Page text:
Pre-call preparation Execution Post-call assessment Follow up on commitments

Salespeople will do a much better job if they know they may be asked for very specific information after a sales call. In fact, having a post-call report format is a good idea, but a quick email or phone call with the right information can tell you exactly where the salesperson stands with that sales objective. Salespeople should prepare for sales calls. At a minimum they should look at their call notes from the last call, determine how to make the best use of the time, determine their objective, write down the questions they need to have answered to move the sale forward, and

6/23/2011 12:17 PM


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determine the action the customer would need to take to move the sale forward. The preparation will improve their execution and help insure they don’t forget anything. It will also make the customer feel like their time is valued and used wisely. The post-call assessment is critical to ensuring your salespeople will be top performers. You won’t be able to assess every sales call but intermittently working with salespeople on this is crucial. These post-call assessments can be very quick and painless. Here are some questions you could ask: 1. 2. 3. 4. 5. 6. 7. 8. 9.

What did you do to prepare for the call? What was your objective for the call? What did you do to make good use of the customer’s time? What questions did you get answered that tell you where the customer is in the sales process? What are the next steps? What action did the customer commit to take? What action did you commit to take? Did the customer give you a close-date? What will you do in follow up to this sales call?

Far too often salespeople get way ahead of the customer. As in the conversation at the beginning of this article, they predict a close-date based on their quota instead of on the customer’s needs. The end of the quarter comes and the business doesn’t close and many times the salesperson doesn’t understand why. The only way to know when a deal will close is to ask the customer. To avoid missed quotas managers need to debrief with their salespeople using questions similar to those above. This will help insure that the salesperson is moving along at the same speed as the customer. Another thing this process will help is over-commitment on the part of the salesperson. Salespeople are quick to promise the world if they think it will close a deal. That is why questions 6 and 7 are so important. By asking those questions you can determine if the commitment of the salesperson is comparable to that of the customer. If it is way beyond, it may be a sign that the salesperson doesn’t understand where the customer is in the sales process. If the customer doesn’t commit to do anything to move the sale forward, the salesperson may need to change the strategy. Managers will have fewer surprises if they make these questions a part of their daily coaching routine. Benefits will be a shorter sales cycle, more efficient selling and better close ratios. In the long run, this will lead to more accurate forecasting. Alice Heiman is the founder and Chief Sales Officer of Alice Heiman, LLC (www.AliceHeiman.com). As a sales expert, Heiman mentors sales executives, transforming them into proactive coaches, while helping management establish a sales culture that will continue to grow the bottom line. Her blog can be viewed at http://smartsalestips.com/ Photo by nocklebeast Filed Under: Blog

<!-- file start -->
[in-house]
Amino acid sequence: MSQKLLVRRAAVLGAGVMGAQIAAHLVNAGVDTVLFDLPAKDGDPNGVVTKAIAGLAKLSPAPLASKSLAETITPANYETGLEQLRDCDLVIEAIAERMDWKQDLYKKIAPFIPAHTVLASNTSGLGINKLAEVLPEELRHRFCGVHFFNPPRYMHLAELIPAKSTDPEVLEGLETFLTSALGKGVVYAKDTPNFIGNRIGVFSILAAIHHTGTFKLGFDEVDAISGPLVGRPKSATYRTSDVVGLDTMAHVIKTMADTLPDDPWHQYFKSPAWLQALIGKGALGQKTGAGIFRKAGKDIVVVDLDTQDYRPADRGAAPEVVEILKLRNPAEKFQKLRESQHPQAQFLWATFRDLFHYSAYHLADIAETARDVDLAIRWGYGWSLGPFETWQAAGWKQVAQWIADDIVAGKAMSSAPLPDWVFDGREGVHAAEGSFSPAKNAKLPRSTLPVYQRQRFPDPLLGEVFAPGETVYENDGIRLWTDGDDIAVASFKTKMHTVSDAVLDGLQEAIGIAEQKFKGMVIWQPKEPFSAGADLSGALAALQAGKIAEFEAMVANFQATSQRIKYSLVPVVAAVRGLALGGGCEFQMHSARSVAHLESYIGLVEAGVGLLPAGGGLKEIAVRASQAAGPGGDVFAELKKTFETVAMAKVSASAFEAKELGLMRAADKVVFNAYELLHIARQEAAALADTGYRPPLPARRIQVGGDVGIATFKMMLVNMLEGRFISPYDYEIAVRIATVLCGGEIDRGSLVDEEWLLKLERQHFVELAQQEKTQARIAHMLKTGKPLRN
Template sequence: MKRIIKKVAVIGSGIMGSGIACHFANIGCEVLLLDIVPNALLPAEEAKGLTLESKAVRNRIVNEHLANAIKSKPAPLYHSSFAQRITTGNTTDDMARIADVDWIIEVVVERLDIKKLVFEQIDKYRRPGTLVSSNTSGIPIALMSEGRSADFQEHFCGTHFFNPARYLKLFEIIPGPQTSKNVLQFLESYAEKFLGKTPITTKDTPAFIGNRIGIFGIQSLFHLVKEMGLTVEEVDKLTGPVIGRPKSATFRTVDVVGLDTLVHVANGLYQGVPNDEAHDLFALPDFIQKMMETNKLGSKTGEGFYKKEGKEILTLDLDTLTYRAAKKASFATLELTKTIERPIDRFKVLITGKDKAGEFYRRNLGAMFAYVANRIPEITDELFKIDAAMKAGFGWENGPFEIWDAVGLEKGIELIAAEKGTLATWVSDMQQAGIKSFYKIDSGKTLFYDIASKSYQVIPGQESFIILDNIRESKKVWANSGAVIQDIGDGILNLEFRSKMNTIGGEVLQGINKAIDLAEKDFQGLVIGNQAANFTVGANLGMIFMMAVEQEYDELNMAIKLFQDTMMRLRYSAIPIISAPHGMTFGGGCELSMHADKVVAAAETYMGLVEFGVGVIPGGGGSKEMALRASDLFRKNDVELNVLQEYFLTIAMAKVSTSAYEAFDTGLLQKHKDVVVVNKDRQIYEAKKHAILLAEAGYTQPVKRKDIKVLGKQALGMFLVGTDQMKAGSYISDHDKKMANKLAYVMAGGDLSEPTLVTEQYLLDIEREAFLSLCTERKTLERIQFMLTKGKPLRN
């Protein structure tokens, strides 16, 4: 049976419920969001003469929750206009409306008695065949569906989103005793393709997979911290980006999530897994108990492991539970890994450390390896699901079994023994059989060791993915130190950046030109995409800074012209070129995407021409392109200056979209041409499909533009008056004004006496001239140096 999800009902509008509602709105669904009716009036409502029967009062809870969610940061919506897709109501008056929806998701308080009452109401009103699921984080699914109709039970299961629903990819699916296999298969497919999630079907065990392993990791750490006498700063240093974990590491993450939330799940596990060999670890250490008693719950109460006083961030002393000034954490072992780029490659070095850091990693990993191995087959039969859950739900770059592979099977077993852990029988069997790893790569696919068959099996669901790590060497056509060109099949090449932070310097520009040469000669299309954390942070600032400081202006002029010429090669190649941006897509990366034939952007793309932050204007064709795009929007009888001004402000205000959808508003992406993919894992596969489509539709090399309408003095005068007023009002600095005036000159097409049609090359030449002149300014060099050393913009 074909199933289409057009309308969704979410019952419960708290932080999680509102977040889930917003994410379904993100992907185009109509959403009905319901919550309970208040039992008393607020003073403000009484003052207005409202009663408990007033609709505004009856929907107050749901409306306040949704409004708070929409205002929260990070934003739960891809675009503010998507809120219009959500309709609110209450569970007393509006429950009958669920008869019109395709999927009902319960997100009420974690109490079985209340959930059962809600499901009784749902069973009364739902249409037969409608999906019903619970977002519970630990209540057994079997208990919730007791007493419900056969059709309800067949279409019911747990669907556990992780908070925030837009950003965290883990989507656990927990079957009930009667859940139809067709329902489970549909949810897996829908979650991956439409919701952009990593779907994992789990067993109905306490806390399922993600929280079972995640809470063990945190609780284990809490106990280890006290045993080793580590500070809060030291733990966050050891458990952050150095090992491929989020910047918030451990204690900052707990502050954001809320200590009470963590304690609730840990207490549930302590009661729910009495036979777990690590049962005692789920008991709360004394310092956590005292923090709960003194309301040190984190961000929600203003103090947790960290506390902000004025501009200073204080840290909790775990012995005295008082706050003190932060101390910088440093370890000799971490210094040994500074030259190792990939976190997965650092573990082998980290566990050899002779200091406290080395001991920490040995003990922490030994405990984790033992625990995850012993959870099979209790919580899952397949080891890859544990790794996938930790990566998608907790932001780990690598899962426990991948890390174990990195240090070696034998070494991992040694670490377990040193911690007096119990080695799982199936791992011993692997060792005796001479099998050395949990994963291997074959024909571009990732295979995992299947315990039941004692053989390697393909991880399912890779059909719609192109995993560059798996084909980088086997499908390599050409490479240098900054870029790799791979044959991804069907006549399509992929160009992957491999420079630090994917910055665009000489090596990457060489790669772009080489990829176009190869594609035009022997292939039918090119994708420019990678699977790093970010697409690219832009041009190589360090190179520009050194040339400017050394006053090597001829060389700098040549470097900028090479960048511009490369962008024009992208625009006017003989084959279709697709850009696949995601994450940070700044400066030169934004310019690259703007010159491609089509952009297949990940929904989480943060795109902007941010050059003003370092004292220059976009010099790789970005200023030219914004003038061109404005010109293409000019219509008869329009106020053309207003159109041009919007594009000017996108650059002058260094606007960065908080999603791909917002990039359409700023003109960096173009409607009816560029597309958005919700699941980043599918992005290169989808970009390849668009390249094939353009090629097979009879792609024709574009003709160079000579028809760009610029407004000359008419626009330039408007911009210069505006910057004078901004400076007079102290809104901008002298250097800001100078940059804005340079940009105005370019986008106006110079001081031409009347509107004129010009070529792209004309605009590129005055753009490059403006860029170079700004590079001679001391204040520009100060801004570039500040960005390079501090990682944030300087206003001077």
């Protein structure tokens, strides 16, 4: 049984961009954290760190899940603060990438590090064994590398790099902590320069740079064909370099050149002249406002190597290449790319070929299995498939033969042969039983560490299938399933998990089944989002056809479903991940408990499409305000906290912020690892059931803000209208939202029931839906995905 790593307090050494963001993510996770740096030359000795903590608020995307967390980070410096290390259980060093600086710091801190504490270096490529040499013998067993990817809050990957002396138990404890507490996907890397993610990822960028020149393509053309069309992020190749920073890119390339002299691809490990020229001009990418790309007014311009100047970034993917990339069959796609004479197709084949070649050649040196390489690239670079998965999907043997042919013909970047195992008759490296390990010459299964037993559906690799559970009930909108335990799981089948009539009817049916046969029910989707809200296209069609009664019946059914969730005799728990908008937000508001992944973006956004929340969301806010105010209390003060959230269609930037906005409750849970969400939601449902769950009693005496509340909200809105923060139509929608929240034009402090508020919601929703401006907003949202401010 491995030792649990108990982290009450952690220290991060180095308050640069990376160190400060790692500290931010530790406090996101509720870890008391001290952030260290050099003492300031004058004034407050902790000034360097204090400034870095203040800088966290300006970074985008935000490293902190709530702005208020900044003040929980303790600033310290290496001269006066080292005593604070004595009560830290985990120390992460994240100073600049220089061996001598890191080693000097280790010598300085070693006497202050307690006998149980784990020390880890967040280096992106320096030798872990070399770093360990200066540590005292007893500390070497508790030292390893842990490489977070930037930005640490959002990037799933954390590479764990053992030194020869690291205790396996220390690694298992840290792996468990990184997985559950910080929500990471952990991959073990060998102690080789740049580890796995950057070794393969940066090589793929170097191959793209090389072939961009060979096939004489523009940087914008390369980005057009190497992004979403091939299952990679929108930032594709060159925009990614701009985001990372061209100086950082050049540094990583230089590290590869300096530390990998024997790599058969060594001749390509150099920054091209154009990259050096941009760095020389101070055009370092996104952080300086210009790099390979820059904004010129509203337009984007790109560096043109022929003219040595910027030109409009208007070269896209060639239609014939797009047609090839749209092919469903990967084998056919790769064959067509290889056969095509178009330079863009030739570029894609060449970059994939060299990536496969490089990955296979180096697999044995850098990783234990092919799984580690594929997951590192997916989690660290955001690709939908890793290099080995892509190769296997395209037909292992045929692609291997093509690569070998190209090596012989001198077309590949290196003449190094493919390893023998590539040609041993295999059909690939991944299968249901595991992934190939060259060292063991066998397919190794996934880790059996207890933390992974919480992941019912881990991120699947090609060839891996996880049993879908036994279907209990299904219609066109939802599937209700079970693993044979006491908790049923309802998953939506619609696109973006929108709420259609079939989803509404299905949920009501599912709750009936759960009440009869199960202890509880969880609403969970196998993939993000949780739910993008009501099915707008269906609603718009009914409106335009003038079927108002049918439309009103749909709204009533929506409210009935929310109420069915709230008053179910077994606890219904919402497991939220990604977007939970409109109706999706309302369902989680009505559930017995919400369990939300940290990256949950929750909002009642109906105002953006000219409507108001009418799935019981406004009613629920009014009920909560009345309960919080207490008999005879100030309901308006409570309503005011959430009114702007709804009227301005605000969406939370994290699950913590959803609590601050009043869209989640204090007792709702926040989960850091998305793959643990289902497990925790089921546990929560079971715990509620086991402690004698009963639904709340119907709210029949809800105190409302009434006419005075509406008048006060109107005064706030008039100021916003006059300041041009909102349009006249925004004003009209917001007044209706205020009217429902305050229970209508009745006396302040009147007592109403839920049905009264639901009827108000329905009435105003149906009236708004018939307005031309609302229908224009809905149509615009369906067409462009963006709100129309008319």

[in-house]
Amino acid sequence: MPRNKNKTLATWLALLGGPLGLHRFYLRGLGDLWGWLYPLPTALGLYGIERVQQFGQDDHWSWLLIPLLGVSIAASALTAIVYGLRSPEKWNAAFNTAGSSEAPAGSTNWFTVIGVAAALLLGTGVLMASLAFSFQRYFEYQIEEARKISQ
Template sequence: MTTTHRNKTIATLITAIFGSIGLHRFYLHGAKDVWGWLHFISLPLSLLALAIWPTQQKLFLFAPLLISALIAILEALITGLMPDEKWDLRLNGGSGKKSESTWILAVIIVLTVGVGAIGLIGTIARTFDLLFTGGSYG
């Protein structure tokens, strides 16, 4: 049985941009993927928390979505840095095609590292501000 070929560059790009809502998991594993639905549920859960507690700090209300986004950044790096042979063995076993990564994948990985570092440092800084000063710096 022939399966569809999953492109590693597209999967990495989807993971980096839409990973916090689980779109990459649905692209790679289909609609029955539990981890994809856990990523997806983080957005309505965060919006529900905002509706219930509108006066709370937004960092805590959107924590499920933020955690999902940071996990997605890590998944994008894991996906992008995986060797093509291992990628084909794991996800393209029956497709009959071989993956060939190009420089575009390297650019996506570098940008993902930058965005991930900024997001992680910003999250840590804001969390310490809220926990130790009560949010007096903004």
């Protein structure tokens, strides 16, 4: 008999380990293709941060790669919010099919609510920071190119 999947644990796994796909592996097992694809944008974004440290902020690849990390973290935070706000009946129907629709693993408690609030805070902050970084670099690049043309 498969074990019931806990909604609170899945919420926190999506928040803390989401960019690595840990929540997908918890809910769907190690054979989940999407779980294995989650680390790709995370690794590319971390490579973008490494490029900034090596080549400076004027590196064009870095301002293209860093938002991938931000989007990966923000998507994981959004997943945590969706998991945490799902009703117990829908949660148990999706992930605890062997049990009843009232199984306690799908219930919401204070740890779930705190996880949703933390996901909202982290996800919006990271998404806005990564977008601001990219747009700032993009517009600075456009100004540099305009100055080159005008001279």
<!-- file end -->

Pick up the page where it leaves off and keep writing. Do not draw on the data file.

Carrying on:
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The Last Word - June 2011